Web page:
Part A - Nearly all Medicare beneficiaries don't pay a monthly premium for Part A.  However, if you're not eligible for premium-free coverage, you'll pay $422 for Part A. The deductible is $1,340 for each benefit period. (A benefit period begins the day you're admitted as an inpatient in a hospital or skilled nursing facility (SNF). The benefit period ends when you have not received any inpatient hospital or SNF for 60 days in a row.) The average deductible for Part A is $1,364.

Part B - The standard Part B premium is $135.50, but tends to be a bit lower,.  However, if you have a high income, your costs may be higher -- up to $428.60 a month if you're getting in more than $160,00 if single or $320,000 if married. The deductible is $185 for the year. Once you meet that deductible, you usually pay 20 percent of your Part B healthcare costs. 

Part C -  The average monthly Medicare Advantage premium is $28 for 2019. That's a drop from $29.81 in 2018. About 46 percent of Medicare enrollees don't pay any premiums, but remember you get what you pay for. So, make sure the Medicare Advantage plan you choose will work for you and isn't just the cheapest on the market.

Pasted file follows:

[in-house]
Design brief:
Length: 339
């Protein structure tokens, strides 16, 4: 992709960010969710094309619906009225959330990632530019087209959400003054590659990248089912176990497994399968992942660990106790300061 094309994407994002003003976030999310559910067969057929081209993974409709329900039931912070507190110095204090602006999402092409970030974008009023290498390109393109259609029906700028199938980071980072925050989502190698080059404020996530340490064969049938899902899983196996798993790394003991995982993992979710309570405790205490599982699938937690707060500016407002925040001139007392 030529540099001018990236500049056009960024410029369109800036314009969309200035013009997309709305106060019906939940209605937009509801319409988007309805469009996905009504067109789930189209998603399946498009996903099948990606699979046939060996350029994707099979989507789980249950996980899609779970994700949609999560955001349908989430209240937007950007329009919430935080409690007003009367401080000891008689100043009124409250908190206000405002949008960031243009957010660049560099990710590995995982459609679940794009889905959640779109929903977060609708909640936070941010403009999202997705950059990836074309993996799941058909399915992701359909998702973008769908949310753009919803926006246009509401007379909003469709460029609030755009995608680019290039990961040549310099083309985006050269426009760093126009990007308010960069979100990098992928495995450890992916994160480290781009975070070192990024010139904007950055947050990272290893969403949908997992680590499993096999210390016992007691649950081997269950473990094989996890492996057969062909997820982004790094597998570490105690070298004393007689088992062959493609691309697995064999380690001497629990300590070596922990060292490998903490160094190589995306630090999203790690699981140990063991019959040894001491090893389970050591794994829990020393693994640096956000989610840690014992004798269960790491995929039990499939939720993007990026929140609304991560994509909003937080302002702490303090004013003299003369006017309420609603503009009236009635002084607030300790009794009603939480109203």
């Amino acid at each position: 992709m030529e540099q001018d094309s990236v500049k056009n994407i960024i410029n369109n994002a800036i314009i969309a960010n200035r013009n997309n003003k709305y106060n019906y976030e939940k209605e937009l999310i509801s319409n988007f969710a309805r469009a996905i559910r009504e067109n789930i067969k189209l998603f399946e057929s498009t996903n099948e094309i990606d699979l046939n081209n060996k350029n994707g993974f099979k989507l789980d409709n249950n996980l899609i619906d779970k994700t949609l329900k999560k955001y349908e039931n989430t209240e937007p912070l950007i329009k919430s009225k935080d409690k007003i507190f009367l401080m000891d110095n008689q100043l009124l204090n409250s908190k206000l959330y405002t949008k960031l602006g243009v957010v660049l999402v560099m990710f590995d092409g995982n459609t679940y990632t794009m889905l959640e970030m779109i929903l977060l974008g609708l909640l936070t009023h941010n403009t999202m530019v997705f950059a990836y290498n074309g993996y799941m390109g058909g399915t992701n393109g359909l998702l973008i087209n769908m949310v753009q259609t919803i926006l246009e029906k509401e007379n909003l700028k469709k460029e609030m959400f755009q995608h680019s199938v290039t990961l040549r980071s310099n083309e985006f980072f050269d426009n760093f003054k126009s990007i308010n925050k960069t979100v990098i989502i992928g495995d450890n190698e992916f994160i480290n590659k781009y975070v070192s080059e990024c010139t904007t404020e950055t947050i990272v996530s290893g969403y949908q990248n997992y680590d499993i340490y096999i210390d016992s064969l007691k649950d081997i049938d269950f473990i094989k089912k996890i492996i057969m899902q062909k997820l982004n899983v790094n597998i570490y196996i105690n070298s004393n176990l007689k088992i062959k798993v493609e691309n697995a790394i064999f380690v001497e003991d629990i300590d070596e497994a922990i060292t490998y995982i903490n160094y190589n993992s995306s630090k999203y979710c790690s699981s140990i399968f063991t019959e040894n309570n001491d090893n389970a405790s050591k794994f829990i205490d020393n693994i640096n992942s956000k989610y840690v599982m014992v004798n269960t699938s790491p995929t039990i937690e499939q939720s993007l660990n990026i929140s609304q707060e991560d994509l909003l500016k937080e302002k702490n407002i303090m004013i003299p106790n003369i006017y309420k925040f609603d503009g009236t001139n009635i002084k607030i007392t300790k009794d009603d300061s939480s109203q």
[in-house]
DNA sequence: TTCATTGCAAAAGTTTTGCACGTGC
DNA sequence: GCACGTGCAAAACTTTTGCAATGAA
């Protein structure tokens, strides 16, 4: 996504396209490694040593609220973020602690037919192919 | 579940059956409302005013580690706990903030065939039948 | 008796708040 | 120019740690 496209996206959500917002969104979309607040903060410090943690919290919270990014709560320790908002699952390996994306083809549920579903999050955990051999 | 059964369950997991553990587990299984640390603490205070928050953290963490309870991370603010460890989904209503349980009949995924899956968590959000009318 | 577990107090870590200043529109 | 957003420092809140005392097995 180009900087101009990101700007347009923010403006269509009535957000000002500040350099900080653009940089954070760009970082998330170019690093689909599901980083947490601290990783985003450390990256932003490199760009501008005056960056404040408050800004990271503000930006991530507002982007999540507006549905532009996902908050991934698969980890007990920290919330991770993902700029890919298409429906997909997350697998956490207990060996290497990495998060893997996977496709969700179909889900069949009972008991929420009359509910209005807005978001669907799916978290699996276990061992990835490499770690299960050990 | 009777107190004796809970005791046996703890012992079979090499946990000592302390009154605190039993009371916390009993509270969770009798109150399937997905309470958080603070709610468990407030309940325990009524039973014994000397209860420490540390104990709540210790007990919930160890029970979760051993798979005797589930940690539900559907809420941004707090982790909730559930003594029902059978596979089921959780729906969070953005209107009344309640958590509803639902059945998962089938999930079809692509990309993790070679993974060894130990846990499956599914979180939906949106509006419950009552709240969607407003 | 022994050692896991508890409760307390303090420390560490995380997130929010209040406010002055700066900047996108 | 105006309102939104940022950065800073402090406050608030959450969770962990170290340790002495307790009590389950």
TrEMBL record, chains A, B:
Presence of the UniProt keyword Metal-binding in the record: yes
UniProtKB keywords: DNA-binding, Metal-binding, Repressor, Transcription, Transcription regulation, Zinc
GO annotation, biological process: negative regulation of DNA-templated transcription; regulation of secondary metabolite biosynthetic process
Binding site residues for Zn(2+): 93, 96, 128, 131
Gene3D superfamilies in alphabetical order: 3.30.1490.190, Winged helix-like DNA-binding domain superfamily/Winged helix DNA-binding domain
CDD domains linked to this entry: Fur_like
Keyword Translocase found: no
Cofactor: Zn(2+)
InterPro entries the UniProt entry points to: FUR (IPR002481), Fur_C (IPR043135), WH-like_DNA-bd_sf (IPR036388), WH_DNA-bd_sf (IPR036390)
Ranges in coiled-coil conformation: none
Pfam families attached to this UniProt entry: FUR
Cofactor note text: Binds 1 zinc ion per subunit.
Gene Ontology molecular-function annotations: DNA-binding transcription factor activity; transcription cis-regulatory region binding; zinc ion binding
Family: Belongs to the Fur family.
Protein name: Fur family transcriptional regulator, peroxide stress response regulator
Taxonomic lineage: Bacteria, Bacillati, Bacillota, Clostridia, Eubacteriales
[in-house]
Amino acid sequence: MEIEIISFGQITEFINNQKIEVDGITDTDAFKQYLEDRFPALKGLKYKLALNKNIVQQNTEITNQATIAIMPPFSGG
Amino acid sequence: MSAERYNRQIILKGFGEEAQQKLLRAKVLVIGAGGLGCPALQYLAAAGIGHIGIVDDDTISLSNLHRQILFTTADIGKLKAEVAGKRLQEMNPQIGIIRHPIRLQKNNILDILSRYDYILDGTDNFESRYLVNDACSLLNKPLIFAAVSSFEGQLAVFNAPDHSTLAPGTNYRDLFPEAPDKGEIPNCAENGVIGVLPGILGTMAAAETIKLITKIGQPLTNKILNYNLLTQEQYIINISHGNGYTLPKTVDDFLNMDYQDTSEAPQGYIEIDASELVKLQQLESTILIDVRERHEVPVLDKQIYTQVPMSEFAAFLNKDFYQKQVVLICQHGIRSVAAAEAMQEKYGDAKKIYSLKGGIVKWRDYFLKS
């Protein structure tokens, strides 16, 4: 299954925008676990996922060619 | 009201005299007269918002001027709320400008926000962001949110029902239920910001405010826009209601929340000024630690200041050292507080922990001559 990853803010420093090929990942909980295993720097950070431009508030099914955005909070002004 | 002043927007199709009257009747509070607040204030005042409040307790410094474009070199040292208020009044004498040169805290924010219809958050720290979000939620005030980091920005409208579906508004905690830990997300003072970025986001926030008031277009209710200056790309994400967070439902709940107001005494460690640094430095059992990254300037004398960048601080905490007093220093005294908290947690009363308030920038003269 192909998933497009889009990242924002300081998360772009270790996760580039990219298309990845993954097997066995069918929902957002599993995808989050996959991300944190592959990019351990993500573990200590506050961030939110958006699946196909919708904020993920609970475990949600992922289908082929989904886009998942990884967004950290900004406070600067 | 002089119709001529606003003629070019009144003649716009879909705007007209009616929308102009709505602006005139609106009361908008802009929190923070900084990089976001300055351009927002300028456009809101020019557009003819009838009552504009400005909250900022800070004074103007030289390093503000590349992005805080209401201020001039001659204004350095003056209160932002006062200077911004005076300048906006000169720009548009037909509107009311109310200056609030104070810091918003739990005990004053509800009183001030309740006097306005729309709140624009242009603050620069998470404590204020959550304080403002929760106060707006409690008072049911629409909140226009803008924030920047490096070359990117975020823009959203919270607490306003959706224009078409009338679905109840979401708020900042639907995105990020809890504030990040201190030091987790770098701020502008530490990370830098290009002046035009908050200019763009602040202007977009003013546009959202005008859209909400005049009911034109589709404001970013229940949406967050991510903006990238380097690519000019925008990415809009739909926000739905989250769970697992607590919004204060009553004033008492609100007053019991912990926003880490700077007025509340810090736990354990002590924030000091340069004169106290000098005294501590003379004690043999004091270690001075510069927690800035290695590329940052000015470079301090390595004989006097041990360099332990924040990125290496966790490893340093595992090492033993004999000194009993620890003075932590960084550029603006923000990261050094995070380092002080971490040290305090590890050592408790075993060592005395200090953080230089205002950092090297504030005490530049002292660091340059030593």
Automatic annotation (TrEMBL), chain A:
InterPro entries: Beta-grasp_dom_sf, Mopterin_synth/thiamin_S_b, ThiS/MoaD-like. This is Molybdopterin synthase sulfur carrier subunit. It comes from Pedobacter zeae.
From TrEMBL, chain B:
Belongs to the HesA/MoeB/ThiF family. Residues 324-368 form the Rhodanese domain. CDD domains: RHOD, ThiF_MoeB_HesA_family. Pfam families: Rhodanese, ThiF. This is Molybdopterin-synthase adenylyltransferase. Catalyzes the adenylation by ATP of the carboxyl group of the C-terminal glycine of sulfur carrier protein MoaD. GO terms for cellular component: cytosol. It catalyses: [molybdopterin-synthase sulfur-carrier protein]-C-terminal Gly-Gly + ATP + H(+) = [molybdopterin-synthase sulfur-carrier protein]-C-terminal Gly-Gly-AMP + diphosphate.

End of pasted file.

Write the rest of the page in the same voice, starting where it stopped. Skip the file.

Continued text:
Part D (drug plan) - Most Medicare drug plans charge a monthly fee that varies by plan. The average monthly basic Part D premium for 2019 is $32.50, which is a decrease from $33.59 in 2018. CMS also added some improvements to Part D plans, such as more access to generic drugs, which should help keep down costs. Deductibles vary, but no Medicare drug plan may have a deductible more than $415 in 2019.

The so-called "donut hole" the spending threshold when catastrophic coverage for drugs begins. During this time, beneficiaries pay a larger part of the total costs of drugs. In 2019, your initial coverage limit is $3,820. The donut hole is $3,820 to $5,100. 

Catastrophic coverage will kick in once you've spent $5,100 out of pocket on drugs for the year.  Catastrophic coverage makes it possible for you to pay a small coinsurance amount or copayment for covered drugs (5 percent of the cost of drugs) for the rest of the year. The coverage gap will close in 2020.

Part D enrollees will get a 75 percent donut hole discount on brand-name drugs purchased when a beneficiary is in the donut home ($3,800 to $5,100). You also get up to 37 percent donut hole charge on generic drugs. 

Where to get help

Visit Medicare.gov to get information about plans in your area or call 1-800-MEDICARE. You can also get help by contacting your State Health Insurance Assistance Program. The "Medicare & You" booklet is available for download on the Medicare website.